My company is changing from a distributed Access Database model to using a centralized SQL Database. The datatables were designed such that all of the tables have a modified date. In discussion it was suggested that since we will be creating a trigger on each table to handle the modified date perhaps we should have the trigger also log some information to an audit table.

Is this the best way to setup auditing so that we can track who is changing information or is there a better way? Links to articles on the subject are welcome.

For the audit I'm looking at capturing the table name, column name, date modified, row id and the username of the person making the change. Is there any information I'm not thinking of that I should be capturing that might help me avoid future pit falls?

  • 1
    It is not uncommon to introduce an audit table that looks identical to the source table with additional supporting dates in both the source and audit table to capture the record as it was before an update was applied. I don't have specific links to share but I have worked with offloading data from ERP systems into a data warehouse where this practice was done on the ERP system.
    – RobPaller
    Dec 30, 2011 at 18:57
  • dba.stackexchange.com/questions/65644/… See it
    – rks_dotnet
    Jun 2, 2014 at 7:37

4 Answers 4


Don't bother tracking audit data on a per-field basis. It's much easier to have an audit table with the same structure as the main table and timestamp and user information tracked on the table.

This architecture has a few advantages:

  • You can easily create a view across the main table and audit table to show a complete history includint current versions.
  • It is relatively simple to implement the audit triggers - in fact if you hae a large number of tables you can write a utility to generate them from the system data dictionary.
  • The audit tables can be put on a separate disk to reduce the I/O load on the disk with the main tables.
  • It's very easy to reconstruct an as-at version of the record, rather than having to apply a list of field-level changes in reverse.

Audit information should include at least: user who created/changed the record, date/time of the creation/change, nature of change (insert, update, delete). You may want to use logical deletion (i.e. a 'Deleted' flag) if you have the option of doing so. Otherwise you need to capture the user and date/time from the session and put these on the deletion record, probably along with the last state of the record. If this is not available from the connection (often the case on N-tier apps where the user is not being impersonated at the database level) then you need to find some other way to get it.

  • so if I'm understanding this correctly. I would make a copy of the table with additional fields to hold the logging information. When a change happens to the original table I copy the original contents with the extra data to the copy table and make the changes to the original table. Am I reading this right?
    – Lumpy
    Dec 30, 2011 at 19:46
  • Yes. The original table can have whatever audit logging information you want as well. If you have this on the original table it will get copied automatically, with the provisos about deletions as described in the answer. Dec 30, 2011 at 19:53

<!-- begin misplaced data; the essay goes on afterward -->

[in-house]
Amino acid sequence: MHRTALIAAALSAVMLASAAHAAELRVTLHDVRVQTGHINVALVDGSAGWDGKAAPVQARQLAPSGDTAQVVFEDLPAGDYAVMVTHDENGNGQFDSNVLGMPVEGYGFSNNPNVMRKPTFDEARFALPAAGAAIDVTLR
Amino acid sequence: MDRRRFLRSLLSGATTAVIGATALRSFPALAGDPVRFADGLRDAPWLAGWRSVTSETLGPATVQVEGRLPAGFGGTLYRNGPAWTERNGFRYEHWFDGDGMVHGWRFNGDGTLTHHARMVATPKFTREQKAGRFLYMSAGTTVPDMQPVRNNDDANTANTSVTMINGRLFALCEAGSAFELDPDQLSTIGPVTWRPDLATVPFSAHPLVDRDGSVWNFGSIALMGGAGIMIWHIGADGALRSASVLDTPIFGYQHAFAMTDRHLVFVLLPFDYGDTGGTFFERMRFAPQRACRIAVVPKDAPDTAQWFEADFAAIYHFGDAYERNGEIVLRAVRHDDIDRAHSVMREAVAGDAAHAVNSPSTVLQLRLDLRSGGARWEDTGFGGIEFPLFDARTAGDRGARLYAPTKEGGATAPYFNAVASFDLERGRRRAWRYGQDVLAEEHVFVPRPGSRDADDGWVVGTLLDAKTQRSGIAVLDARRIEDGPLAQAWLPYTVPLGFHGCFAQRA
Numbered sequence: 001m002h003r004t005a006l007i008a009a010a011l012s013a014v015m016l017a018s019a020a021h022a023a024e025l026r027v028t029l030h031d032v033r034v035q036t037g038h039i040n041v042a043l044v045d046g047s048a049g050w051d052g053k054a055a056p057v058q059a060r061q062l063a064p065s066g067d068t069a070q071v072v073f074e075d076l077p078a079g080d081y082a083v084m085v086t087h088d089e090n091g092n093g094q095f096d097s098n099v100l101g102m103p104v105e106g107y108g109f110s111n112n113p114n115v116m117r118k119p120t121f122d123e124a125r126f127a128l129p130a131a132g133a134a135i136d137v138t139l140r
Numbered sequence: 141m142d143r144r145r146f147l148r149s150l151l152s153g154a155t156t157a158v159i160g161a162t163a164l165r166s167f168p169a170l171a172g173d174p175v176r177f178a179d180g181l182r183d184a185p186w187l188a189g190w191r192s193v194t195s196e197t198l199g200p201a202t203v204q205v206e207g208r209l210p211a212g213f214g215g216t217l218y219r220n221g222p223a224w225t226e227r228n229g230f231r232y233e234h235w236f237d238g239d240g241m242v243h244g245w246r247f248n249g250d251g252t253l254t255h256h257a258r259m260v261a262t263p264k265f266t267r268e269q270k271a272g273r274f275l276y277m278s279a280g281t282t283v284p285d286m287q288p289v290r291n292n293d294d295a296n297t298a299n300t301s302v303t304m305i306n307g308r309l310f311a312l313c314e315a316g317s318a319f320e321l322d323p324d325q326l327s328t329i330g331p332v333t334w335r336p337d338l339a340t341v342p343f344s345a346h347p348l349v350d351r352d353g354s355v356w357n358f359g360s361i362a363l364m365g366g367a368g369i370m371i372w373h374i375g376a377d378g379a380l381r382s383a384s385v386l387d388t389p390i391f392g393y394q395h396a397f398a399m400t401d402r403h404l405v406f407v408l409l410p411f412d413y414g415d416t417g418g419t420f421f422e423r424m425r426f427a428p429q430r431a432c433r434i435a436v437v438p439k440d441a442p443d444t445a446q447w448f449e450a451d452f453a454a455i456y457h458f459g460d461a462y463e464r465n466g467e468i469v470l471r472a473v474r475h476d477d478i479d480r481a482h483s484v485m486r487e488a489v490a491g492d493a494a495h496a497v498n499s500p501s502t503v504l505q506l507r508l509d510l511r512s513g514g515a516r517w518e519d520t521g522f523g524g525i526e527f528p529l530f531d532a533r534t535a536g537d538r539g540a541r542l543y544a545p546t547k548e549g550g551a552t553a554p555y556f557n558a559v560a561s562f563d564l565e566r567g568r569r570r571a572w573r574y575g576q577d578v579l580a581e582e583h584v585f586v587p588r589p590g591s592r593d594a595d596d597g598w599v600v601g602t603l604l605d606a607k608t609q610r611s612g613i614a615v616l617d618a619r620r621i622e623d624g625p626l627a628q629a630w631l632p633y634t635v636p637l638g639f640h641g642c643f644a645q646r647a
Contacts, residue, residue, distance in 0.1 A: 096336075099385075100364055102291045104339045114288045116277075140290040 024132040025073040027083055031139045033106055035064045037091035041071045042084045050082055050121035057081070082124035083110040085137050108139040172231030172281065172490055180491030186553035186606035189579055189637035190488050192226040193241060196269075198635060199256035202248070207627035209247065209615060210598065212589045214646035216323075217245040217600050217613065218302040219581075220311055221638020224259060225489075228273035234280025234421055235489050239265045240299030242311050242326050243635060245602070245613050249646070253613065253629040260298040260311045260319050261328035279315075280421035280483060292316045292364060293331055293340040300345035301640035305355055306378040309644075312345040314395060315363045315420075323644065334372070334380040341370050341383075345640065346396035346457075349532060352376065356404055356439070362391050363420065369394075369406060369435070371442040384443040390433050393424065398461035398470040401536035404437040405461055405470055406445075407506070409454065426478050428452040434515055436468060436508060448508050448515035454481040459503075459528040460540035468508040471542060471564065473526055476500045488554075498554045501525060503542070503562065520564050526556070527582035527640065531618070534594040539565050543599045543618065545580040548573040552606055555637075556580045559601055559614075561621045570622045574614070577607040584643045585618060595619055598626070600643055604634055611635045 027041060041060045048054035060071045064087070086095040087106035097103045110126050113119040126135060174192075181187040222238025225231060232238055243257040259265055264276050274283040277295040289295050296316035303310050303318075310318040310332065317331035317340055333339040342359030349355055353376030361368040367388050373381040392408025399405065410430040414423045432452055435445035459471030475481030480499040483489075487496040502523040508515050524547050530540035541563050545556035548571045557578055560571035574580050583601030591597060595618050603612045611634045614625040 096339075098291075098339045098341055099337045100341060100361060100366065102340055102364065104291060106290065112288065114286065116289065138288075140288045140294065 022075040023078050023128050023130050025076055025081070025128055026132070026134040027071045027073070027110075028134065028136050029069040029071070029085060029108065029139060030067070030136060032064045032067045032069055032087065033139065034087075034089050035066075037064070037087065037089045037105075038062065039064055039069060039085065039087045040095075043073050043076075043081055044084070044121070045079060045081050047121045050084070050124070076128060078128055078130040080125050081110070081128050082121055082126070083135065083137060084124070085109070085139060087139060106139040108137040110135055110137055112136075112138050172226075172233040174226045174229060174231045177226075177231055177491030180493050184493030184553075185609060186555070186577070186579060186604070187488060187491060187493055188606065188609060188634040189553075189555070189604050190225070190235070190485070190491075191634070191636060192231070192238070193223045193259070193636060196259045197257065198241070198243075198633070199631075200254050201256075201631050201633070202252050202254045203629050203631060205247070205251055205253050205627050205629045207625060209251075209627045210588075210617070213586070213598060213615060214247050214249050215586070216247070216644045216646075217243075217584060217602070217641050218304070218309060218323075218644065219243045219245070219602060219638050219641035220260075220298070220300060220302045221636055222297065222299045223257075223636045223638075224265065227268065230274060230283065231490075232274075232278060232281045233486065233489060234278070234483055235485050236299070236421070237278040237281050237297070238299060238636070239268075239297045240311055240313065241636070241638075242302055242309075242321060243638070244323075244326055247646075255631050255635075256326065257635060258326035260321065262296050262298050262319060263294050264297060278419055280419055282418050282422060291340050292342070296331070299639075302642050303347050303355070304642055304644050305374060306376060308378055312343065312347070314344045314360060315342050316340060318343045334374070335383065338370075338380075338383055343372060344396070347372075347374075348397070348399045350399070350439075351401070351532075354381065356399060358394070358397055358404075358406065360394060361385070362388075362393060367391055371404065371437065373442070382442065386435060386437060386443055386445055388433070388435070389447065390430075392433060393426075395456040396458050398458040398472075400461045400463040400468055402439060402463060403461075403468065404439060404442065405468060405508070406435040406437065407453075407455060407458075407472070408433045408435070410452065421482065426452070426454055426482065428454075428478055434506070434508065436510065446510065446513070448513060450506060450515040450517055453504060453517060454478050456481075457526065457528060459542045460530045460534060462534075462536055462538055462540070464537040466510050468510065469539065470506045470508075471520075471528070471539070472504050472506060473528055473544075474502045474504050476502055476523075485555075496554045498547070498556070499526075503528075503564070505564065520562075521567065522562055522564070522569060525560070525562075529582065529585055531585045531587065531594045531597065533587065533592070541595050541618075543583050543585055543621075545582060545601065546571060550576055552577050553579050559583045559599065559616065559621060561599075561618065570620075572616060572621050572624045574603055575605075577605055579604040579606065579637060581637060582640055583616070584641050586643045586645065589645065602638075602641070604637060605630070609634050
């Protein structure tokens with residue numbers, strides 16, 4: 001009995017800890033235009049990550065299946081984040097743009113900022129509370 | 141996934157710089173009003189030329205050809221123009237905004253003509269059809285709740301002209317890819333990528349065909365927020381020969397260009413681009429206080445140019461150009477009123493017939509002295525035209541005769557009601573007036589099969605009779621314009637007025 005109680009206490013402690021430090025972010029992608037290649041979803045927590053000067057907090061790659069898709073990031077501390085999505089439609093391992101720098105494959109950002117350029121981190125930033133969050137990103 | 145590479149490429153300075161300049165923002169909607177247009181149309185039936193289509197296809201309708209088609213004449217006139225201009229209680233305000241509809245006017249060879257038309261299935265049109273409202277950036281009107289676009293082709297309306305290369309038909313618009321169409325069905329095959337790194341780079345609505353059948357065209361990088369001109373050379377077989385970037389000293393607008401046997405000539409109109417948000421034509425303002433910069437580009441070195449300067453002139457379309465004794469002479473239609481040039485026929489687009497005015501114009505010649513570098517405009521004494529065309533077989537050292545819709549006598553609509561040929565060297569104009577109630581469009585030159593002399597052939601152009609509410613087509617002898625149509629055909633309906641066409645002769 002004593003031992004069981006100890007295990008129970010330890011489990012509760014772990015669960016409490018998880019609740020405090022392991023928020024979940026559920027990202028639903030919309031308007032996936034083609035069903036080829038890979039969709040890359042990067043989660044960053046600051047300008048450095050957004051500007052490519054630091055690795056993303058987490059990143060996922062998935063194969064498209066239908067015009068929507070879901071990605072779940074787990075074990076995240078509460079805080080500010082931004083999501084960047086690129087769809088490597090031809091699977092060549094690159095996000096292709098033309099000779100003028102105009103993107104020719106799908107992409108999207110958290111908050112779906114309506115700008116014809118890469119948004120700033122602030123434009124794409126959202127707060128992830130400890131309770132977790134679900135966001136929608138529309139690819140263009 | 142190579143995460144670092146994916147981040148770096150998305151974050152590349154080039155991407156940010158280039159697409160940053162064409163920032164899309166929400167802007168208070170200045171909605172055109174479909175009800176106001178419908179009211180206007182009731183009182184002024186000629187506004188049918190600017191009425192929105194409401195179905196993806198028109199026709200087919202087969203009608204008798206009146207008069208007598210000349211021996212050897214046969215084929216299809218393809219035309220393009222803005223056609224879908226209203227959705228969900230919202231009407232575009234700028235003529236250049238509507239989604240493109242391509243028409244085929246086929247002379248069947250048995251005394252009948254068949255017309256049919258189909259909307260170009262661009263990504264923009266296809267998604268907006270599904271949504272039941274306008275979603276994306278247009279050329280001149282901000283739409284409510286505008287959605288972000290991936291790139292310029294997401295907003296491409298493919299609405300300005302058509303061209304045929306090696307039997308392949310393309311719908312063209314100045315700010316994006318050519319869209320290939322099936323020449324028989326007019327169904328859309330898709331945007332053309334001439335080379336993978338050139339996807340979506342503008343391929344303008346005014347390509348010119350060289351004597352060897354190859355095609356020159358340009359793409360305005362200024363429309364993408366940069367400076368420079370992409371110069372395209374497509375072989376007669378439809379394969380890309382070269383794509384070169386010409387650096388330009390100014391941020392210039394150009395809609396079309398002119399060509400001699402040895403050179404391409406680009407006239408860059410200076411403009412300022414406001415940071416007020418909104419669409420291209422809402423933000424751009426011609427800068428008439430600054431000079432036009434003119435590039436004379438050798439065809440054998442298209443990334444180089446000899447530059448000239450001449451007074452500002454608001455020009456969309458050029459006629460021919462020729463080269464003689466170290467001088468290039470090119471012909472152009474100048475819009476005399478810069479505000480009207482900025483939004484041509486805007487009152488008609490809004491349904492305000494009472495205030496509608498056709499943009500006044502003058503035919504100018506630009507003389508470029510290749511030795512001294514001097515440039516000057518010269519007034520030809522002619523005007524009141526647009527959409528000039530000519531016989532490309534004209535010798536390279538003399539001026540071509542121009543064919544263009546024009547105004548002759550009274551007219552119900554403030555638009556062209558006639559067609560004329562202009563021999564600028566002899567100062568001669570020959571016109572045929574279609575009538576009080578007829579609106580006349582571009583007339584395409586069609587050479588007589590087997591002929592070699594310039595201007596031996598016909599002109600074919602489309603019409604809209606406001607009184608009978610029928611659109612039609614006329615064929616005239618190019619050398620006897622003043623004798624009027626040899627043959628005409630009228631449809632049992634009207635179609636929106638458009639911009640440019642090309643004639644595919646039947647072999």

If you're using SQL Server 2008 Enterprise Edition or newer, you may also consider using Change Data Capture, which:

  • has a lower impact on the system than triggers;
  • covers the scenarios you mentioned;
  • the auditing logic is proven built in into SQL Server (instead of triggers, which you would have to implement yourself).
  • Good to know. Unfortunatly we're using SQL Server 2008 Standard Edition. I should have mentioned that in my post. Excellent post though. Thank you.
    – Lumpy
    Jan 3, 2012 at 12:41

Sadly CDC will not work as a replacement.

CDC doesn't include the WHO when captruing data changes; only the what and the when. If you don't need to know who made the change then CDC will work but if the WHO is as important as the what and when then sadly, CDC falls short; very short.


You can do this via auditing triggers which provide auditing data changes as answers to the following questions:

  1. Who changed the data?
  2. What was the date and time when a change occurred?
  3. Which client software was used to access the data?
  4. In case the request was data modification (the UPDATE statement), what was the data value prior and after the change?

It means that when a trigger is fired, all this info has to be collected from a database or SQL Server instance and stored in an auditing repository For example, a trigger fired when a record is inserted into the Currency.Sales table is created using the following SQL

CREATE TRIGGER Sales.tr_i_AUDIT_Currency
ON Sales.Currency

Then, the trigger must insert the computer name where INSERT was executed, the user name of the person who inserted the record and the name of the application used to insert the record. Triggers leverage built-in SQL Server functions to get these values:

  • HOST_NAME () returns the workstation name
  • APP_NAME()returns a name of the application in the current session
  • SUSER_SNAME() – returns the login name
  • GETDATE() – returns the system timestamp for the database currently connected to

These values are stored in a pre-defined table used as an auditing data repository

       1 THEN ' '
       1 THEN ' '

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